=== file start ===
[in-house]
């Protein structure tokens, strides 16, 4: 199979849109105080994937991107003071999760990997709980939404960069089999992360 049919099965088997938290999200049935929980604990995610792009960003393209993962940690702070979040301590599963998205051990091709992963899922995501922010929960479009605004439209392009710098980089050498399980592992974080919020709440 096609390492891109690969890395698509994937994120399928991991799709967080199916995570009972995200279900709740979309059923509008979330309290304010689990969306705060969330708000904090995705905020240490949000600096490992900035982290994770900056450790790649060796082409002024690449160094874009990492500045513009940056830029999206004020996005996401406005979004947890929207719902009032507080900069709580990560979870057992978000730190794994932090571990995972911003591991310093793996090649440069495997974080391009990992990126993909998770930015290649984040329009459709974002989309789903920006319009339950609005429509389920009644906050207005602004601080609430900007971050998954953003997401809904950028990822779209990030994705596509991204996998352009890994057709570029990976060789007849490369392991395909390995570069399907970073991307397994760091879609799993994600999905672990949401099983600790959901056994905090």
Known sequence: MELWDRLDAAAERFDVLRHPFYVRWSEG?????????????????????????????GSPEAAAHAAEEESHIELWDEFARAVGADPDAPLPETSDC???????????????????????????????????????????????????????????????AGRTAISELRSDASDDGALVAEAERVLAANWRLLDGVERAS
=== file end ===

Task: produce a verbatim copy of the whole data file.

[in-house]
């Protein structure tokens, strides 16, 4: 199979849109105080994937991107003071999760990997709980939404960069089999992360 049919099965088997938290999200049935929980604990995610792009960003393209993962940690702070979040301590599963998205051990091709992963899922995501922010929960479009605004439209392009710098980089050498399980592992974080919020709440 096609390492891109690969890395698509994937994120399928991991799709967080199916995570009972995200279900709740979309059923509008979330309290304010689990969306705060969330708000904090995705905020240490949000600096490992900035982290994770900056450790790649060796082409002024690449160094874009990492500045513009940056830029999206004020996005996401406005979004947890929207719902009032507080900069709580990560979870057992978000730190794994932090571990995972911003591991310093793996090649440069495997974080391009990992990126993909998770930015290649984040329009459709974002989309789903920006319009339950609005429509389920009644906050207005602004601080609430900007971050998954953003997401809904950028990822779209990030994705596509991204996998352009890994057709570029990976060789007849490369392991395909390995570069399907970073991307397994760091879609799993994600999905672990949401099983600790959901056994905090």
Known sequence: MELWDRLDAAAERFDVLRHPFYVRWSEG?????????????????????????????GSPEAAAHAAEEESHIELWDEFARAVGADPDAPLPETSDC???????????????????????????????????????????????????????????????AGRTAISELRSDASDDGALVAEAERVLAANWRLLDGVERAS